If any of our executives is determined to be “disabled” (as defined in his or her employment agreement) for 180 continuous days, our board of directors may terminate his or her employment twelve months after providing written notice. In this situation, the executive is entitled to the following:

 

   

During the first 180 days of continuous disability, payments equal to the difference between the executive’s salary and our short-term disability income plan;

 

   

During the twelve months after 180 days of continuous disability, payments equal to the difference between the executive’s salary and payments under our long-term disability plan.

 

The executive’s employment will terminate and payments (other than those to which the executive may be entitled to receive under the long-term disability plan) will cease twelve months following the written notice of termination.

 

If a named executive officer is (1) terminated for cause (as defined in his or her employment agreement), (2) submits a resignation that we accept or (3) dies, PerkinElmer will pay his or her full salary through the date of termination, after which obligations for payment cease.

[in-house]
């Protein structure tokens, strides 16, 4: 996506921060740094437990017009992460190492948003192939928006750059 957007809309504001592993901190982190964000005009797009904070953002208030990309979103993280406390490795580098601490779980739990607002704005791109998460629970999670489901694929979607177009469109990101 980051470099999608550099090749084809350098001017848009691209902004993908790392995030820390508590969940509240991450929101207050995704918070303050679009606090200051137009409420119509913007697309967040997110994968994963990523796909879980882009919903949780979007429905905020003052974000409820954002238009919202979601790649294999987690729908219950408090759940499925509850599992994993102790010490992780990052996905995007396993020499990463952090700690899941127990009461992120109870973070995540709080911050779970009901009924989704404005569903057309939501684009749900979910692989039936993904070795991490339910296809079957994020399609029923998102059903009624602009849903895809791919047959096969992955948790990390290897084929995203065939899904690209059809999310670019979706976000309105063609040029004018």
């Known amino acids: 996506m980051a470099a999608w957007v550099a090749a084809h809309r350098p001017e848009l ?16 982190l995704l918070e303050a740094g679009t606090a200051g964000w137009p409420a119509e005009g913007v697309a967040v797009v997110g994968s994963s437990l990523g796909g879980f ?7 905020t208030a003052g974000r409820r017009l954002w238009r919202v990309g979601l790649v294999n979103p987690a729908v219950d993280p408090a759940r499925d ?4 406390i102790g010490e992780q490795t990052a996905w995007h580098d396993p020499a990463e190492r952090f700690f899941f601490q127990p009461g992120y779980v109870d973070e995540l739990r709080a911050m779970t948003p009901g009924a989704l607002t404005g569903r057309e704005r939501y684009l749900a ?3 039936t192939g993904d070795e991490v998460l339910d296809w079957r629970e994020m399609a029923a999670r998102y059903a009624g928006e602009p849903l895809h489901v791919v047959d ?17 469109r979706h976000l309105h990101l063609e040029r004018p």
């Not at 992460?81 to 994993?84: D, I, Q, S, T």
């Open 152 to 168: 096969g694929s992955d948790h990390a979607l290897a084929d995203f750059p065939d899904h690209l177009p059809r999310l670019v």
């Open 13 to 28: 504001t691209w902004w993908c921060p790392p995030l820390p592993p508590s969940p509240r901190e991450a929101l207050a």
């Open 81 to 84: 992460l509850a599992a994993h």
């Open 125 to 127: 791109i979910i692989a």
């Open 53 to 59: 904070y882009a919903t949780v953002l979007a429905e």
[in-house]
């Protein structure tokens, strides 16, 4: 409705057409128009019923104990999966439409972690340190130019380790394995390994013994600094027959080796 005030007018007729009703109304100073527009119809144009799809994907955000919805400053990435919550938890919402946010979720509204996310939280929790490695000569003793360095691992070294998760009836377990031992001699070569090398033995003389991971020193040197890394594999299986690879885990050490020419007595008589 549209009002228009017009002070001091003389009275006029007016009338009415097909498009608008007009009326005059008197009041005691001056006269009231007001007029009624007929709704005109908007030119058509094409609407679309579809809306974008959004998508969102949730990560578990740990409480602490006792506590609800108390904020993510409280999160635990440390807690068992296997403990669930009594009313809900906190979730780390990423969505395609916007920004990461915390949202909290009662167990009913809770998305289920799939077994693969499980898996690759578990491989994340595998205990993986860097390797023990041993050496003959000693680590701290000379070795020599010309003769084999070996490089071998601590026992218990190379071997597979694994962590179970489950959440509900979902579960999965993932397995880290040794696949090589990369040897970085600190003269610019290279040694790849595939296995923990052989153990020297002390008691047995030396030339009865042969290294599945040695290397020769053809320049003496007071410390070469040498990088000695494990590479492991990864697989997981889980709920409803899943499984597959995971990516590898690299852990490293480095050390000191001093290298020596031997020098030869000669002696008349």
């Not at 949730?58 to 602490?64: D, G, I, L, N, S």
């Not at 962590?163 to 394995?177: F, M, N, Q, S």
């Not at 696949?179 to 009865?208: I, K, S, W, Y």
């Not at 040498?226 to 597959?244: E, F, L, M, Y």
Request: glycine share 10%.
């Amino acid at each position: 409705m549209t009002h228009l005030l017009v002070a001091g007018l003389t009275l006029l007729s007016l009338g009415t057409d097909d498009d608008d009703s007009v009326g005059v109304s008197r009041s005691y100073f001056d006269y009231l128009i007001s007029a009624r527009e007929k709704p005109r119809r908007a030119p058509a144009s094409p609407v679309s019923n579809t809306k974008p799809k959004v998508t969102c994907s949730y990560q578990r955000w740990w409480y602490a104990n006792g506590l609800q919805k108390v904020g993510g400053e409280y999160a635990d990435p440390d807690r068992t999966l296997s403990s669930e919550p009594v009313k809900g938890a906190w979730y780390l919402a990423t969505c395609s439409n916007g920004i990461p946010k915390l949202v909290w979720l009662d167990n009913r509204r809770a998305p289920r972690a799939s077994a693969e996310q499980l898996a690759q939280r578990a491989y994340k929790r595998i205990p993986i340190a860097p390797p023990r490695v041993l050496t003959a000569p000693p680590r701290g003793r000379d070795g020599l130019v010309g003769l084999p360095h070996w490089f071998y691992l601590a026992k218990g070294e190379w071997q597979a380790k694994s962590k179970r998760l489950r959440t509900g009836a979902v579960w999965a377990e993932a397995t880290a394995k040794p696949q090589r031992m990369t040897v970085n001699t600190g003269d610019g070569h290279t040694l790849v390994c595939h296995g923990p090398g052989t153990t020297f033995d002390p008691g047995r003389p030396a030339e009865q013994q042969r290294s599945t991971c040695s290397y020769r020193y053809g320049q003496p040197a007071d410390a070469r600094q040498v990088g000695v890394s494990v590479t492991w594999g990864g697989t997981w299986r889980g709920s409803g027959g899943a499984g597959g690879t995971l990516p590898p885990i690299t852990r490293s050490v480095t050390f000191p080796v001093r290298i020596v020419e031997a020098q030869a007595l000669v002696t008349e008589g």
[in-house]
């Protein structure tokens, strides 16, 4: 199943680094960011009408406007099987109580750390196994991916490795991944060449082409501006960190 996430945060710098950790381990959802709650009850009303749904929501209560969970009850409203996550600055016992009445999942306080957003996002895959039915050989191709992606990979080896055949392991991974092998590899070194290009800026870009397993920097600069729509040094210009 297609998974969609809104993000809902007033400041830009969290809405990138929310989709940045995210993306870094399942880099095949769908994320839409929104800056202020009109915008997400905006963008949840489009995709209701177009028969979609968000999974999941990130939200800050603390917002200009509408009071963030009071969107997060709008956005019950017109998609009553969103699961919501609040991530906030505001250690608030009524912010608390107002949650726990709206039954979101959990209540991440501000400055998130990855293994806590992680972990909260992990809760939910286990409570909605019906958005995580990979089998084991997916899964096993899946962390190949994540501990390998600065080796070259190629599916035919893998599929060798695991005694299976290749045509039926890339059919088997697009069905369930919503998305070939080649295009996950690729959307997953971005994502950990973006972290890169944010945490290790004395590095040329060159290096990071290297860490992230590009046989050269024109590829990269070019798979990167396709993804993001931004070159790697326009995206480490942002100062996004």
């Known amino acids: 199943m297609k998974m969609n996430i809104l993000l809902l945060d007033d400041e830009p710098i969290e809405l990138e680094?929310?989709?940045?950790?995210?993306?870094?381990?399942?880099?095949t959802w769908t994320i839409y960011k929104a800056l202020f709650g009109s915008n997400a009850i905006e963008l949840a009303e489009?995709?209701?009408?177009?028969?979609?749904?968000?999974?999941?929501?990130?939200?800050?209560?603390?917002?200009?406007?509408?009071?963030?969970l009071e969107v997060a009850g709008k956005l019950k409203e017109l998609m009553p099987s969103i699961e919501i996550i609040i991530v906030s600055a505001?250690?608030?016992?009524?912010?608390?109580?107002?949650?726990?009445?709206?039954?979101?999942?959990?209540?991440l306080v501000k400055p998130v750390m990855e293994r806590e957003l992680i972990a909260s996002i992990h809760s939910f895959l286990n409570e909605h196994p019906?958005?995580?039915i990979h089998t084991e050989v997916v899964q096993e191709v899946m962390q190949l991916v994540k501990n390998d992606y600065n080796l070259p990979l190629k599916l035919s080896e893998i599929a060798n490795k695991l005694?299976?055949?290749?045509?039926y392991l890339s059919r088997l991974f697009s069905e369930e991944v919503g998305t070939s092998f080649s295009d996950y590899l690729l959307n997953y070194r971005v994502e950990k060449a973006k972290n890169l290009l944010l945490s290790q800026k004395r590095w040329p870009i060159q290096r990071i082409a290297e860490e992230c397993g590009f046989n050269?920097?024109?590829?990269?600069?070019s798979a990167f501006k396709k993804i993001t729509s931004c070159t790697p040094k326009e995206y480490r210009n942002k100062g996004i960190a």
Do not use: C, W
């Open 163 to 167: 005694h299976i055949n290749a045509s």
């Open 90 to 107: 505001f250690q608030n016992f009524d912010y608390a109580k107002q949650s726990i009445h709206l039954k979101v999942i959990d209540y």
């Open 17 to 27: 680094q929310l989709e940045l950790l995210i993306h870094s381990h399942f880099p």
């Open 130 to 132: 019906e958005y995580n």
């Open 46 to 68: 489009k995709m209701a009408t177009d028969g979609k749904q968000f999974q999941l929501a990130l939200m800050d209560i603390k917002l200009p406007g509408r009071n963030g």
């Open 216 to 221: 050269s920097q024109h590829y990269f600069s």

Performance Unit Program

 

Our performance unit program under LTIP provides that if a participant’s employment is terminated for any reason other than death or disability prior to the payment of the award, the participant is not entitled to receive

 

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the award. If a participant dies or becomes disabled, the award will vest at the target amount and the payment will be prorated to reflect the portion of time that the participant was employed during the performance period. Upon a change in control, the performance unit award will vest at the target amount and will be paid to the participant.

 

Non-Qualified Deferred Compensation Plan